Positivity Pays Off

In the three years since local rapper Common turned hip-hop heads toward Chicago with his positive but hard-hitting Resurrection (and its classic assessment of hip-hop’s fall from grace to greed, “I Used to Love H.E.R.”), the local scene that his moderate success boosted has nearly outstripped him. All working within the intellectually stale but more salable gangsta paradigm, Do or Die, Twista, and Crucial Conflict have released albums at least as successful as Resurrection or its 1992 predecessor, Can I Borrow a Dollar? But if the concepts of personal responsibility, tolerance, and honesty that Common continues to espouse on his long-awaited new One Day It’ll All Make Sense (Relativity) still aren’t the typical fare of Yo! MTV Raps, the Source, or Master P shout-outs, the album’s guest stars–De La Soul, Erykah Badu, Chantay Savage, A Tribe Called Quest’s Q-Tip, Lauryn Hill of the Fugees, Black Thought of the Roots, and Goodie Mobster Cee-Lo–make it 25-year-old Lonnie Rashid Lynn’s best shot yet at the big time.

Lynn (who shortened his stage name from Common Sense in 1995 after a copyright dispute with a mediocre California reggae-rock band) has come a long way since Can I Borrow a Dollar? Between that record and Resurrection he transformed himself from a brash, malt-liquor-swilling street tough into the eloquent conscience of hip-hop, and the taut funk grooves that had pulsed beneath his stiff but commanding raps gave way to more supple, jazz-tinged soundscapes. One Day It’ll All Make Sense is yet another leap forward. Though on “Real Nigga Quotes,” for instance, he’s still chiding his contemporaries (“And today if you grew up on Marvin Gaye / Why’s all you sing booty this and freak me baby?”), for the most part his messages are more universal–and his tracks more innovative–than ever.

It’s tempting to chalk this one up to Common’s adoption by the positive New York-based Native Tongues hip-hop collective, whose charter members De La Soul and A Tribe Called Quest have invigorated and reinvigorated the posse for about a decade now. Common’s cameo on “The Bizness,” from De La Soul’s latest, Stakes Is High, plus heavy touring with the group introduced him to new audiences last year–not to mention many of the big names who pitched in on One Day It’ll All Make Sense. But while his benefactors’ upbeat realism was certainly an inspiration, and their interest in him is commercially invaluable, it turns out Common’s been moved by less public forces as well.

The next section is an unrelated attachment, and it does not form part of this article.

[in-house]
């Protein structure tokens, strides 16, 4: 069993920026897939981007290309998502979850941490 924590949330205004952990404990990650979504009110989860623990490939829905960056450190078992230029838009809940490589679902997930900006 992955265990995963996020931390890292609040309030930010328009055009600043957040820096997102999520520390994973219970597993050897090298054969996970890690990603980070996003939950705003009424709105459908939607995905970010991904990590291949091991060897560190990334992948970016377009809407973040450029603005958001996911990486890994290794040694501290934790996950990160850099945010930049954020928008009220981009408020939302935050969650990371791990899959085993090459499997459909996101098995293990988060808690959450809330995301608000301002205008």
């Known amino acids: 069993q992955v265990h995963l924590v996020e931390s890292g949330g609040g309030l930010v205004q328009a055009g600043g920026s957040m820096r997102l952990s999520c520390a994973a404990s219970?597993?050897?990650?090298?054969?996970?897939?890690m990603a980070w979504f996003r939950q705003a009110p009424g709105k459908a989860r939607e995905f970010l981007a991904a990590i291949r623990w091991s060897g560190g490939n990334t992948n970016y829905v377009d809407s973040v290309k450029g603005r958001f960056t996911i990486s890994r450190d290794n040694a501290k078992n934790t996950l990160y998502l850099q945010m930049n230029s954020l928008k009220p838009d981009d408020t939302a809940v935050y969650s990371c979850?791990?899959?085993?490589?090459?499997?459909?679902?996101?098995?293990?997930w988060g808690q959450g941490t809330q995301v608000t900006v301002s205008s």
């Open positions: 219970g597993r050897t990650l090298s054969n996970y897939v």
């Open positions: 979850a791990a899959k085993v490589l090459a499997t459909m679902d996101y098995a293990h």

“The most important thing I learned since the last album is a new appreciation for life,” he says during a phone interview from his label’s New York office. A lifelong friend of his was shot and killed in March, and in August Common became a father. “I got more in tune with myself, reading the Bible, the Koran, books of Buddhism, Tao books…deciding who God was for myself,” he says. “I gotta step back from things sometimes and just chill and observe what’s going on. It’s like an off-season.”

But since Resurrection Common’s obviously done more than just chill. For one, he’s started studying music theory. “I’m in the music business and I don’t know the foundation,” he explains. “It’s like being a journalist and not knowing the alphabet.” His studies led him to use real instruments on the new album, and to incorporate a wider range of musical ideas: the tracks with R & B divas Badu, Hill, and Savage flavor tough hip-hop beats (mostly crafted by Chicago compatriot and producer No I.D., who recently released his own solid album, Accept Your Own & Be Yourself) with a heavy dose of soul, and on “My City,” guest MC and local poet Malik Yousef is backed by a live jazz trio. Still, the turntable wizardry of DJ Mista Sinista, from the New York scratching crew X-ecutioners (formerly X-Men), keeps all Common’s explorations solidly rooted in hip-hop.

Lyrically, too, Common has reached an epiphany or two: “People look at other artists and think, ‘Well, because Puff Daddy is winning this way, this is how I got to win; just get a steady beat and rap about partying,” he says. “A lot of hip-hop artists don’t think expressing what really exists in their life is going to get the sales or respect. But it’s you being you, and to me that’s the only way to win.” In just being himself, Common manages to take on issues that transcend race and class. In a three-part drama called “Stolen Moments,” he deals with the burglary of his apartment like a detective, coolly considering suspects and examining evidence rather than striking violent, vengeful poses. On “Retrospect for Life,” which benefits from Hill’s gospel-soaked tones, he teaches by example about abortion and parental responsibility. And on “G.O.D. (Gaining One’s Definition)” he sorts through various religions in developing his own thoughtful belief system. All in all he’s far less preachy than the likes of De La Soul, writing from experience and not omniscience.

“It’s about speaking the truth with authority and not beating around the bush,” he says. “I’m the one who’s gonna tell you that there’s a booger hanging from your nose, the same way I’d want someone to tell me.”

Art accompanying story in printed newspaper (not available in this archive): Coommon photo by Christian Lantry.